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LO School District's Miranda Doyle is the District Librarian of the Year for 2016

SUBMITTED PHOTO: LEIGH ARNDT - Oregon Association of School Libraries names Lake Oswego School District's Miranda Doyle, as the District Librarian of the Year for 2016.Oregon Association of School Libraries named Lake Oswego School District media specialist Miranda Doyle as the District Librarian of the Year for 2016.

“It's wonderful to get this award for District Librarian of the Year, and especially meaningful because it comes from an amazing group of school librarians,” Doyle says.

OASL President Peggy Christensen announced Doyle’s honor on Monday in a letter to the LOSD superintendent.

“Miranda is an exceptional professional, who is very well-known in state library circles as an advocate for young adults, an indefatigable champion for literature, a mentor, an educator and a stellar role model,” Christensen says in the letter. “In short, she is a remarkable woman.”

Doyle, who joined LOSD in 2011, serves all 10 operating schools in the district. She has duties including visiting K-12 classrooms to teach in areas such as research, technology and digital citizenship. She also trains library assistants at all the schools, selects library materials and participates in leadership activities.

Her hard work inspired her nomination, says her nominator and colleague Jenny Takeda, district librarian for the Beaverton School District. Takeda knows Miranda through the Metro Libraries Professional Learning Community, which includes mostly Portland metro librarians and a few professionals from other areas in the state. Takeda says as the only licensed teacher librarian in LOSD, Doyle has “an important leadership role to help support the other library staff throughout the schools.”

Takeda adds that Doyle “is very kind, approachable, personable and a go-getter. She’s really organized. I know a lot of people look up to her.”

Doyle also is active outside LOSD as the OASL’s Intellectual Freedom Committee chairwoman and also a K-12 representative on the Statewide Database Licensing Advisory Committee.

“The work that she does with that has a statewide impact,” Takeda says.

The award is for librarians who have that kind of impact, professionals “who demonstrate exceptional performance as a teacher, an instructional consultant, an information specialist, and leader."

Doyle credits her mentors and colleagues as instrumental in her success.

“So many Oregon librarians have mentored and supported me, answered my questions, and shared ideas with me over the past five years,” Doyle says. “I don't know what I'd do without them — they are my professional learning community and my friends. I'm overwhelmed and honored that they nominated me and then chose me for this award.”

She says she hopes that the award means that she’s doing a good job of making sure “students and staff have all the great books, technology, research databases, and information literacy skills they need to learn and succeed.”

Doyle says a few of her recent accomplishments include:

n Adding access to ebooks and downloadable audiobooks to school libraries, “especially the audio for students with print disabilities”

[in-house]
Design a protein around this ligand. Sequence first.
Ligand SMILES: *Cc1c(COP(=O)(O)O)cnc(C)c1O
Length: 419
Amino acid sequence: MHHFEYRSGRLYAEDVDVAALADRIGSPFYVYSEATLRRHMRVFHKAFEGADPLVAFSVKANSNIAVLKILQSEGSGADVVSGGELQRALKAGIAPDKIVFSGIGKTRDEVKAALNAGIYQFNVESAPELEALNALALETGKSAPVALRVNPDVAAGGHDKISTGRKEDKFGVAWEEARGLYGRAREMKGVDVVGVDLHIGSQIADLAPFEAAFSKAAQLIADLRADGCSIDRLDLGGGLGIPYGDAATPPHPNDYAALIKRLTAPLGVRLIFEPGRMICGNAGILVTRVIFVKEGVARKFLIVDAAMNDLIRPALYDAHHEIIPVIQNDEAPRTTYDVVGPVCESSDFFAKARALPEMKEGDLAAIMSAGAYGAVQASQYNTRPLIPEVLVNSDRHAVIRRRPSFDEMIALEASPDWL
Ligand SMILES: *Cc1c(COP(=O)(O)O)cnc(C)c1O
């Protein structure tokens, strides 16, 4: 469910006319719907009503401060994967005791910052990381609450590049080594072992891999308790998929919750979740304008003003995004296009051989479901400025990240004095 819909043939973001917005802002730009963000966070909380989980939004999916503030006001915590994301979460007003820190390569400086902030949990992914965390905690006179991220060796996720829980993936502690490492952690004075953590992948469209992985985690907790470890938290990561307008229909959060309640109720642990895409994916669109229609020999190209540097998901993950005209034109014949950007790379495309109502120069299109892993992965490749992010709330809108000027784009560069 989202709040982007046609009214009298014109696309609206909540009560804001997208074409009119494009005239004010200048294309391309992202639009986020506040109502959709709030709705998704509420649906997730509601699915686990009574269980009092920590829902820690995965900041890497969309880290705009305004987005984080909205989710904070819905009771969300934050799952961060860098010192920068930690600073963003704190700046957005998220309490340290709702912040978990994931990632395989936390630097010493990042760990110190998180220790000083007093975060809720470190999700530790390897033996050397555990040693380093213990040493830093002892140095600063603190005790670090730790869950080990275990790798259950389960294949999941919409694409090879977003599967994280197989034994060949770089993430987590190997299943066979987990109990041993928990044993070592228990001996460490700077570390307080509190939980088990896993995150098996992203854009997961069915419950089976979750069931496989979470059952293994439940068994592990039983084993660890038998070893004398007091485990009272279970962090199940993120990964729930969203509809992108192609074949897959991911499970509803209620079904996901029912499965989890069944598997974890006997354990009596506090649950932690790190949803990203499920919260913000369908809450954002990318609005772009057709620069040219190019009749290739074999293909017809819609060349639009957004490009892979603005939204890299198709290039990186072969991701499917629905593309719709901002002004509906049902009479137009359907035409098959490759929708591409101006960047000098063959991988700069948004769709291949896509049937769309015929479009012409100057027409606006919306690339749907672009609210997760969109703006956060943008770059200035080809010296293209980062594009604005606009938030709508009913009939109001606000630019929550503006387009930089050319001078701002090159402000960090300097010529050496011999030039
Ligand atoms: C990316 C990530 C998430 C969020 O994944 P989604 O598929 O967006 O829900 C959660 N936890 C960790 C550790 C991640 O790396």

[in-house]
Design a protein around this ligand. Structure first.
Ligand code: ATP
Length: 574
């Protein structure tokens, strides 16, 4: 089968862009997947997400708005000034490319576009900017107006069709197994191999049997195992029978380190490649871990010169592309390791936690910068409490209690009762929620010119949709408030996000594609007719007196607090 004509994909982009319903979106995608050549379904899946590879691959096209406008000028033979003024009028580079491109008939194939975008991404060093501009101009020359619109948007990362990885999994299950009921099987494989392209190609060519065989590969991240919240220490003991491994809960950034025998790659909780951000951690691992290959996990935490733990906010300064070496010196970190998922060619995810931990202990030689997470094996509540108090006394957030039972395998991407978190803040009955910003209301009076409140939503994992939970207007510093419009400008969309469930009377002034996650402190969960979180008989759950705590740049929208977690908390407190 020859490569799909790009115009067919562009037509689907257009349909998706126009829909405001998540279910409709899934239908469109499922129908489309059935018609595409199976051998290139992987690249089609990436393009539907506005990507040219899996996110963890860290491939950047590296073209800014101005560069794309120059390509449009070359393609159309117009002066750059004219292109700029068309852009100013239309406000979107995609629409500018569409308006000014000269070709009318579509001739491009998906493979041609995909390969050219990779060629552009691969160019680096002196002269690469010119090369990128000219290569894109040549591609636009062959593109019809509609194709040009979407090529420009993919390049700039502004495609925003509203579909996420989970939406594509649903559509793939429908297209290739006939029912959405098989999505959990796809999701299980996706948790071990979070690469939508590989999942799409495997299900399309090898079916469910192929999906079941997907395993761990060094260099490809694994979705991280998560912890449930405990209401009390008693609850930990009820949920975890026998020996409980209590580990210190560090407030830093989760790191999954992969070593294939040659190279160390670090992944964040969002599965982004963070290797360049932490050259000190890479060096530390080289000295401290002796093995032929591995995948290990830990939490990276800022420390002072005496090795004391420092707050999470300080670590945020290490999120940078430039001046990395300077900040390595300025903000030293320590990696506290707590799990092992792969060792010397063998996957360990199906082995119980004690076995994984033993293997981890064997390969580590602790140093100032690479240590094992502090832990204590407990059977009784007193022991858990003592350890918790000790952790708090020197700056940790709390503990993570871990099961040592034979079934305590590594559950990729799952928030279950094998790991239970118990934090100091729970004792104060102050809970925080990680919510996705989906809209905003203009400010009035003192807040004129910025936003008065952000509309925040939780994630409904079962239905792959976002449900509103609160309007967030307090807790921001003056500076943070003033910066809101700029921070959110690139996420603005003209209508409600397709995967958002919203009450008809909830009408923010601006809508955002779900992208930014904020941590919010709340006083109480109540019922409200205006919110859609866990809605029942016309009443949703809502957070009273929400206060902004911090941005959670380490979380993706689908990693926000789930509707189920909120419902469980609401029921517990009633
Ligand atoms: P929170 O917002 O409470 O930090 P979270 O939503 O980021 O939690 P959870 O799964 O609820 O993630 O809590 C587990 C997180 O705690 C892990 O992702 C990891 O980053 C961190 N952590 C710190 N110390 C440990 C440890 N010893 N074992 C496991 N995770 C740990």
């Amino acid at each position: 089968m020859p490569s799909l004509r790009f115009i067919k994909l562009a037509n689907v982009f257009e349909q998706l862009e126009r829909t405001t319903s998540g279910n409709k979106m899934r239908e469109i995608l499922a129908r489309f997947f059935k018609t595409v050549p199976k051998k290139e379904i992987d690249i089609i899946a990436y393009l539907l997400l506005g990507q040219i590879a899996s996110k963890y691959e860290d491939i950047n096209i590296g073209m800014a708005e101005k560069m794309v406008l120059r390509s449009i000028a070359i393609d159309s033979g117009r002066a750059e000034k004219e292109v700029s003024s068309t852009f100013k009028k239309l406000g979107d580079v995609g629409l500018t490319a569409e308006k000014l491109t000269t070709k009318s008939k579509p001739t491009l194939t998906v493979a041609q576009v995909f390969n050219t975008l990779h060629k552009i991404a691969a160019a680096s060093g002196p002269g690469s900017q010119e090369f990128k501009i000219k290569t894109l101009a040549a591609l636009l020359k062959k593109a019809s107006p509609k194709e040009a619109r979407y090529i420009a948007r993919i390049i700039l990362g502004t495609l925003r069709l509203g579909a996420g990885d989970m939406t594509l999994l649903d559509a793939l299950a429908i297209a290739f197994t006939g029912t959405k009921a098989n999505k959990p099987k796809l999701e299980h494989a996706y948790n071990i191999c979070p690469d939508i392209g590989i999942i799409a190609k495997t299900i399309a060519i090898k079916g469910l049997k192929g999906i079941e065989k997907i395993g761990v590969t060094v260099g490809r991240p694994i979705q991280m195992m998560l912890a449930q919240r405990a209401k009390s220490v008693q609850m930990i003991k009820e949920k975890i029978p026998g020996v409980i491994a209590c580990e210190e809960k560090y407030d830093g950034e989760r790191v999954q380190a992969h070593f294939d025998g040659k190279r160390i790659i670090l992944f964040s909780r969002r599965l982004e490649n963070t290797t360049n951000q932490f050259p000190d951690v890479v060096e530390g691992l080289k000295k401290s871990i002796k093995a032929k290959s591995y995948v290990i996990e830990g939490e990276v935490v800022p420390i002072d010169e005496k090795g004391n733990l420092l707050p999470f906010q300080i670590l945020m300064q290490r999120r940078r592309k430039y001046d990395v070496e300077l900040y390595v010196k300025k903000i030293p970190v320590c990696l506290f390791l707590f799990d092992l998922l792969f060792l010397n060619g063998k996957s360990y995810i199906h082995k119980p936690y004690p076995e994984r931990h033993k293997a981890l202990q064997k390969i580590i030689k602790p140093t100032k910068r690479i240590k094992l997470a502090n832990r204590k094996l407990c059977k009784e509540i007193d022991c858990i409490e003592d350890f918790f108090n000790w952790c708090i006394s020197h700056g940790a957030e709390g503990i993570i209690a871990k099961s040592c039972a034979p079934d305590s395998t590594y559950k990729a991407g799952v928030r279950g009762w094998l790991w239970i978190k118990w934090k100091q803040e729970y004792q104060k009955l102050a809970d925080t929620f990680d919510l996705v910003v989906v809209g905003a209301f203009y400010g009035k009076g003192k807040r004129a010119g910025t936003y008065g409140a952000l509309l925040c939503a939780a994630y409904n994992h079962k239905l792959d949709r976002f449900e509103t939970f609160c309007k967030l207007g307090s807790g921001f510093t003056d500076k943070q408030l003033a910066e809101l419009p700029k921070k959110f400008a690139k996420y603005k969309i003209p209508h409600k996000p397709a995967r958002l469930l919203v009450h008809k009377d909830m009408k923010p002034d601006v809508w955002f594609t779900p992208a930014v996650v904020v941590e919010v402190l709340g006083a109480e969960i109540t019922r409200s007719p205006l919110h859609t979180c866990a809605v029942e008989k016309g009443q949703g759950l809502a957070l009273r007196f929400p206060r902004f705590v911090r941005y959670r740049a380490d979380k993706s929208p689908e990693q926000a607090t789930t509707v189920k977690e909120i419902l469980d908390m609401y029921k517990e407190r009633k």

n Bringing more diverse books and titles in multiple language into schools’ collections

n “Helping teachers feel more comfortable using technology in the classroom”; and

n “Advocating for the privacy of library records.”

“Speaking from a personal perspective, Miranda has had a profound influence on my understanding of Intellectual Freedom — especially as it relates to students — and digital privacy rights,” Christensen says. “For many years, she has shared this knowledge as a session presenter and in written publications.”

She has writing experience as a former journalist-turned librarian, and an impressive pile of degrees.

Doyle carries a bachelor's from Stanford University, where she was the managing editor at the Stanford Daily in college. For six months, she worked at the Point Reyes Light paper in Point Reyes Station, Calif., before she enrolled in grad school. She earned a Master of Library and Information Science from San Jose State University. She also has completed a teaching credential program at San Francisco State University. She served as a middle school librarian in San Francisco before she arrived in LOSD.

It was something of a homecoming. Doyle grew up in small Oregon coastal town, Langlois.

“My family moved to California when I was 14, but I'm so happy to be back in Oregon,” she says.

It seems that Oregon’s glad to have her back as well.

“Miranda is an exceptionally gifted individual and her keen intelligence is evident,” Christensen says. “But, what is very engaging about Miranda is her radiating acceptance and her good humor. People like her.”

By Jillian Daley
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Lake Oswego School District Superintendent Heather Beck shared Miranda Doyle’s achievement during a Monday meeting of the Lake Oswego School Board.

The board also discussed during a work session:

  • Whether to update the LOSD policy to disallow private tutoring; and

  • Whether to change a practice instituted this fall of having neighborhood associations and other groups get one free use of facilities per quarter. Many of the groups previously could use the facilities for free on a more regular basis.

    The board did not make a decision on either issue, and is waiting for the LOSD staff to bring back a recommendation to vote on.

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